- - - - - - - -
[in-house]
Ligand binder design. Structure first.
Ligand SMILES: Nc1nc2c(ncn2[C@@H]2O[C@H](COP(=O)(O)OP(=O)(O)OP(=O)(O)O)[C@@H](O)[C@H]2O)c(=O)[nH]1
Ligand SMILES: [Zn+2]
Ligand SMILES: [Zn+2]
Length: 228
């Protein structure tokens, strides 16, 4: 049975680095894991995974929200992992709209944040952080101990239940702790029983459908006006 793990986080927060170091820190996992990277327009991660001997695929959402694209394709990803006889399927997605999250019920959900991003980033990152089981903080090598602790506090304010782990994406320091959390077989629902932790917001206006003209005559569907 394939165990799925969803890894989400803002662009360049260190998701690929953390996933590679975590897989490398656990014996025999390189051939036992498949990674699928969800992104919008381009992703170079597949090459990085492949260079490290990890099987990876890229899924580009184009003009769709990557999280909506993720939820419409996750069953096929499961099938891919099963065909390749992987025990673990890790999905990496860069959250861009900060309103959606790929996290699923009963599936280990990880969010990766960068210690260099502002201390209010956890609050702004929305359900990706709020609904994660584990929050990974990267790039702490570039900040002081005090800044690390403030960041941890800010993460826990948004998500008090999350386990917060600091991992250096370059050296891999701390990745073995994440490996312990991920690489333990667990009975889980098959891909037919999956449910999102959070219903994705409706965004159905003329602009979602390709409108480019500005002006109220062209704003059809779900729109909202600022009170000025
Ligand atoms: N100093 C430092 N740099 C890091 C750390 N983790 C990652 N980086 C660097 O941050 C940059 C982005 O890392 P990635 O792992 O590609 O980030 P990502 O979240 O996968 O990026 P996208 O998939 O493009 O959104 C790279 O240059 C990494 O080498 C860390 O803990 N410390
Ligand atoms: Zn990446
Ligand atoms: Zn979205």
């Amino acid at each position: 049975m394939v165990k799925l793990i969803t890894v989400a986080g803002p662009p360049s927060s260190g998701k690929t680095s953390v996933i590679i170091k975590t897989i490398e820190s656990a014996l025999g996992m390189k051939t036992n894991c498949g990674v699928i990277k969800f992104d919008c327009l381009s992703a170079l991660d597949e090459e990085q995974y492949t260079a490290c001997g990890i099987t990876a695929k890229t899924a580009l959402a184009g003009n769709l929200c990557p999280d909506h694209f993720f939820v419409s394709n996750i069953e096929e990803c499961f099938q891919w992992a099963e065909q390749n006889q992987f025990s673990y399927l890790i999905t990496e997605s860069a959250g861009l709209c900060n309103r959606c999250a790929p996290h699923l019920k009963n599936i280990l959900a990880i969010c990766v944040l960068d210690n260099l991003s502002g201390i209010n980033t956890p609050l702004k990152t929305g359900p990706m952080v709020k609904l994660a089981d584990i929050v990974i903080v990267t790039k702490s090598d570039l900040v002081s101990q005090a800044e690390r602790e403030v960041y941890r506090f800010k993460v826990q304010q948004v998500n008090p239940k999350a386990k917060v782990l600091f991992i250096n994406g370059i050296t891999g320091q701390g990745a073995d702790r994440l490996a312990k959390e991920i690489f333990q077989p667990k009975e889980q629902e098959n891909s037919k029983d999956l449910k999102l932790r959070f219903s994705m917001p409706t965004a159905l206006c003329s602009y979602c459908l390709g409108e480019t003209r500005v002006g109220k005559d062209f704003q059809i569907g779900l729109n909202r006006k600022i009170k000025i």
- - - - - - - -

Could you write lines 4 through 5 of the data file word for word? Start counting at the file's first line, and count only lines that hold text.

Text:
Ligand SMILES: [Zn+2]
Ligand SMILES: [Zn+2]